Falling Leaves: To Bag Or Not To Bag?

By Joe Scavuzzo, Director, Department of Public Works

At the end of my October article, I asked if the dry weather of summer and September would continue into a dry fall, causing leaves to fall early. Hurricane Joaquin answered that question pretty thoroughly! With the news showing devastating flooding down the Jersey Shore and down the East Coast, Pennsauken was spared major damage. There were a couple calls for fallen trees in streets over that weekend, but nothing compared to that storm on June 23 of this year.

This brings us into our next season: leaf collection. Leaf collection operations generally begin in late October and complete around the end of December. Every section of town will have leaf pickup at least twice during this time. This is in addition to the weekly Wednesday “yard debris” pick-up, when Waste Management picks up your bagged and bundled items. We ask for your patience while we are working in your neighborhood, as our large equipment could end up blocking parts of the street or intersections. We received a new leaf machine earlier this year to replace the 1990 model that was on its last leg.

It is highly encouraged that you bag your leaves whenever possible. However, there are parts of town, such as Collins Tract, Iron Rock, and even Bloomfield, where the density of large, mature trees creates mountains of leaves. The main reason we encourage residents to bag leaves is to protect our storm water inlets along our streets from becoming clogged, preventing the flow of water from the street into the system. In addition to this, any cool fall breezes that come through won’t blow that leaf pile back onto your lawn or all over the street.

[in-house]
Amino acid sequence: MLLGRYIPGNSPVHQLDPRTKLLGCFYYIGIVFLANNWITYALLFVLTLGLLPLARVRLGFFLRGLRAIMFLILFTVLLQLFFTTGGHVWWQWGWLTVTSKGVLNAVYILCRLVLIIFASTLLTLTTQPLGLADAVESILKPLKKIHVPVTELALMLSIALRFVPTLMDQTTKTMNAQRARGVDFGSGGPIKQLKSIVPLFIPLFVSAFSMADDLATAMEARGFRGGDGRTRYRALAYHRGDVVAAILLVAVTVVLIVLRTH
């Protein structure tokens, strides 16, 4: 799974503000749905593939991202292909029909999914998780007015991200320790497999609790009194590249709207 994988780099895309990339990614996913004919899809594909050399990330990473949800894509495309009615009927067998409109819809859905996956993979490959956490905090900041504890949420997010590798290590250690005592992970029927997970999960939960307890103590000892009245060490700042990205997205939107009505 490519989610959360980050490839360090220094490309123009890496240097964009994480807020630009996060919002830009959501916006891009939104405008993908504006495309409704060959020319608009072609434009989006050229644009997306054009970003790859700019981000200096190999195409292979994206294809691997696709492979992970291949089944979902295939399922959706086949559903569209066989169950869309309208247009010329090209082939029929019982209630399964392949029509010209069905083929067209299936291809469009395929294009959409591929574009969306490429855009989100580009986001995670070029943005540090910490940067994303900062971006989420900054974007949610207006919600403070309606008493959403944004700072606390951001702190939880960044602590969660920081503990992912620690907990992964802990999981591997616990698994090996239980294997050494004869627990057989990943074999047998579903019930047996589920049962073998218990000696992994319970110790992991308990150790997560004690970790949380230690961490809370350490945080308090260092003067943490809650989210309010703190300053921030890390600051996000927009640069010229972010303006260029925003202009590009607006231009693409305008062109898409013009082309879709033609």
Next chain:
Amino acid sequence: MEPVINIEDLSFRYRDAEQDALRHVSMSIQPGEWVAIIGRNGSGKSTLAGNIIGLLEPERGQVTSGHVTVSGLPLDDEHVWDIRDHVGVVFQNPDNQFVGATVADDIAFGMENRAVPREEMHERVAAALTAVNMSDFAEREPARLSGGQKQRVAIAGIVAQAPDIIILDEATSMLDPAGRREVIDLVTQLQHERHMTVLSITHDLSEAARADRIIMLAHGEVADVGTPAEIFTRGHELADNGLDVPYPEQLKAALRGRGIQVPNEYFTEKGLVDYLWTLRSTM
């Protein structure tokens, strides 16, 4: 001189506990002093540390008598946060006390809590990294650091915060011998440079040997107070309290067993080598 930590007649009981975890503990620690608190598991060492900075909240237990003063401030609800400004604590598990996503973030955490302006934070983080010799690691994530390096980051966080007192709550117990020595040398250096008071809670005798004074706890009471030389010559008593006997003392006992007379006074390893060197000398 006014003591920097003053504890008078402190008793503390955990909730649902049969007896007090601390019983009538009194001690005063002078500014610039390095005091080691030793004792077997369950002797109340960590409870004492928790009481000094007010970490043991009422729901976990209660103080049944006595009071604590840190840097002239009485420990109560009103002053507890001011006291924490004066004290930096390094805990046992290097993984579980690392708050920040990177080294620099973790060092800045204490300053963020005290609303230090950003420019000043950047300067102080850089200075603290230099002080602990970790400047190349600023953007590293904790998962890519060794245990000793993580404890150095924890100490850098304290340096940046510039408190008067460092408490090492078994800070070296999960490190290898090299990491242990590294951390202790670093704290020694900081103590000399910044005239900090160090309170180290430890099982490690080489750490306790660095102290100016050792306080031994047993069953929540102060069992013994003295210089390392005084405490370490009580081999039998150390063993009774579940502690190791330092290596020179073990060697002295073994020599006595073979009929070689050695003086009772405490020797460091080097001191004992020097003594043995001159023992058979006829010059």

You may notice that there are several different types of inlets along the curbs throughout Pennsauken. Some have a large opening, while others consist of a grid-like cover on the vertical part that makes up part of the curb. This is to keep out water bottles, large items, and other unwanted debris from entering the system and causing blockages; or worse, making its way to pollute our streams and rivers. Each year, our sanitation crew replaces a number of the older style inlets with the newer style that keeps out the unwanted debris. It’s a process that we are committed to each year, until each grate in town is replaced.

You may or may not be aware of what happens to those mountains of leaves after they are collected. Pennsauken’s Department of Public Works operates and maintains one of the best functioning and best looking leaf composting sites in the state. I have had three interactions with the state and county Department of Environmental Protection representatives who comment on how great the site looks in comparison to others they inspect. This can be attributed to our heavy equipment operator stationed down on Park Ave. that keeps us in compliance. After the compost matures, it is delivered to the Municipal Pool on River Rd., where residents can supplement their gardens at home with this nutritious soil.

As always, if you have any questions or concerns, please reach us at (856) 663-0178 or e-mail at publicworks@twp.pennsauken.nj.us.

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